The World Anti-Doping Code (Code) is a document that harmonises anti-doping regulations across all sports and all countries in the world. It provides a framework for anti-doping programmes and activities, so that all athletes have the benefit of the same anti-doping policies and procedures.
What is Doping?
There are eleven ways in which athletes and athlete support personnel can violate the WADA Code:
- Presence of a prohibited substance or its metabolites or markers in an athlete’s sample.
- Use or attempted use of a prohibited substance or method.
- Evading, refusing or failing to submit to sample collection by an athlete.
- Whereabouts failures by an athlete.
- Tampering or attempted tampering with any part of the doping control by an athlete or other person.
- Possession of a prohibited substance or prohibited method.
- Trafficking or attempted trafficking in any prohibited substance or prohibited method.
- Administering or attempting to administer a prohibited substance or method to an athlete, or to assist, encourage, aid, abet or cover up an anti-doping rule violation.
- Complicity or attempted complicity by an athlete or other person.
- Prohibited association by an athlete or other person.
- Acts by an athlete or other persons to discourage or retaliate against reporting to authorities.
What is Doping Control?
Doping Control or Testing is central to the fight against doping in sport. Athletes associated with a National Sports Federation, and those competing at the international and/or national level, can be tested at anytime and anywhere – during training, in competition, at home or at any other venues – by the respective International Federation, National Anti-Doping OrganiSation or a Major Event Organizing Committee.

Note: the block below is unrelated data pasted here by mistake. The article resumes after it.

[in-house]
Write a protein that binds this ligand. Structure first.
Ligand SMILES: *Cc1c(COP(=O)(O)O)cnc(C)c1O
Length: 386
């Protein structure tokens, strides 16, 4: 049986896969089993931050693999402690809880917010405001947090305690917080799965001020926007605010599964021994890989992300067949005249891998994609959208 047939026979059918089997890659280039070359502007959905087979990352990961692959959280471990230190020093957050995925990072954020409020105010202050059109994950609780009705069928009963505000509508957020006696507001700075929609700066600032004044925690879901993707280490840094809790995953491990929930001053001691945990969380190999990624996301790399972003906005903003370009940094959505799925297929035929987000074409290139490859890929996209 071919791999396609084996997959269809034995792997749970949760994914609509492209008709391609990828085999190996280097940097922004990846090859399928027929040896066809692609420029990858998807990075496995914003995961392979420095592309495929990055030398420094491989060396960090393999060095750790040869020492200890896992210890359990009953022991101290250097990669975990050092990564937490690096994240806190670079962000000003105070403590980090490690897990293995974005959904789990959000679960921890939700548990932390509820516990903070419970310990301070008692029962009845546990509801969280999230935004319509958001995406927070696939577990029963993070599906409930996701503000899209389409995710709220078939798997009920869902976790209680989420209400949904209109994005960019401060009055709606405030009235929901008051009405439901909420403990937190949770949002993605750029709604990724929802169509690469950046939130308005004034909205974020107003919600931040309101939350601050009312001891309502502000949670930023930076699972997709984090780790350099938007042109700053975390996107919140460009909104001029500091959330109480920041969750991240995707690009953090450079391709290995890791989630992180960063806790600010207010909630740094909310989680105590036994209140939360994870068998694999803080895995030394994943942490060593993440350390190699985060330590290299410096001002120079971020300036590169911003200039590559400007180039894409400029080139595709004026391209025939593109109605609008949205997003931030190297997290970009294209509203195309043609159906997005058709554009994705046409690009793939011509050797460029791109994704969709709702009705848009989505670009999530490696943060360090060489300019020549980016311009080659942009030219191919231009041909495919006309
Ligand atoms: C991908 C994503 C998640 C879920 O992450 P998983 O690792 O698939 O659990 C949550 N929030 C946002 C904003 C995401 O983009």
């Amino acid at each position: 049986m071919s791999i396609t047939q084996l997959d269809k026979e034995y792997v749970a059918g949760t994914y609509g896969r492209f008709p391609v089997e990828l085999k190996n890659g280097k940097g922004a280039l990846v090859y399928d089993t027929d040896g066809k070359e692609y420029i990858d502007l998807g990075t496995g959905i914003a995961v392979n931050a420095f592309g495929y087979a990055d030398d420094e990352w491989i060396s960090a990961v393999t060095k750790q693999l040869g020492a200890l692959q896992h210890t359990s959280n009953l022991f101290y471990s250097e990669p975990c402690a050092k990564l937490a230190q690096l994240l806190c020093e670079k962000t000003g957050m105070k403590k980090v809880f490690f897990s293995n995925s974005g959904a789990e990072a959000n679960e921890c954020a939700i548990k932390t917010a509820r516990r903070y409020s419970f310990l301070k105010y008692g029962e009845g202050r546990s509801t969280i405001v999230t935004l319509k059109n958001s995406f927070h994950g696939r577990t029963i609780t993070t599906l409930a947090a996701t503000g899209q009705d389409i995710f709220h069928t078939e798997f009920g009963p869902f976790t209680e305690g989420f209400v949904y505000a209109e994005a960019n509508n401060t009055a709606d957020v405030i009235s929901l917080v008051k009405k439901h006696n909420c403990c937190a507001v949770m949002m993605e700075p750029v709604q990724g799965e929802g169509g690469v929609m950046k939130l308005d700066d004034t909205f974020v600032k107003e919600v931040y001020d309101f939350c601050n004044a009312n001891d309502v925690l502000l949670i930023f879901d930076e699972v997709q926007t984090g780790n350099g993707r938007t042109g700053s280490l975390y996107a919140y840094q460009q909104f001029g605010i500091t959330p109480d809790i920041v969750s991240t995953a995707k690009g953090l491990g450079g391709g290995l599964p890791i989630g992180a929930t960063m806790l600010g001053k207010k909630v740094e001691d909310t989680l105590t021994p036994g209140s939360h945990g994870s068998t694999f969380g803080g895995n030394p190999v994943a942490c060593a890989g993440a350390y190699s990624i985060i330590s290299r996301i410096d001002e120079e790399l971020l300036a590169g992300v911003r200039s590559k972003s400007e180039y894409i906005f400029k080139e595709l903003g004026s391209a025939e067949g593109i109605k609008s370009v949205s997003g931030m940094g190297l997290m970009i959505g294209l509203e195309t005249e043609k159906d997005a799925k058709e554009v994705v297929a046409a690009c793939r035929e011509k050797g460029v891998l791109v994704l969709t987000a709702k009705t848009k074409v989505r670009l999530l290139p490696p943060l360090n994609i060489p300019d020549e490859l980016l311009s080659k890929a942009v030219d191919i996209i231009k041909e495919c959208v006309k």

Refusing to be tested could result in a ban from sport, as compliance is mandatory if selected. Athletes can be asked to provide both urine and blood samples, and specially trained and accredited doping control personnel will observe the athlete at all times, including when providing the sample.
Only one anti-doping organisation shall conduct testing at an event. In-competition testing commence 12 hours before a competition in which the athlete is scheduled to participate through the end of the competition and the sample collection process related to the competition. Athletes can be chosen by random selection, finishing position or by being selected for a particular reason.
Out-of-competition, or testing done outside of an event, can be conducted at any time and at any place. Out-of-Competition means any period which is not In-Compeition.
Testing is part of being an elite athlete. Those undergoing testing for the first time may find it intimidating. Below are some useful tips to help athletes be prepared:
- Know the sample collection procedures
- Know rights and responsibilities of an athlete
- Always carry photographic identification
- Ask for an interpreter if necessary
- Have a representative to accompany, especially for first-timers undergoing the procedure
- Do not drink too much fluid so that the urine sample is not too diluted
- Request for more information about the procedures if unsure
- Keep a list of medications and supplements consumed to ensure that information is accurately recorded on the doping control form
- Keep a copy of the doping control form
Please visit the Testing Procedures section for more information.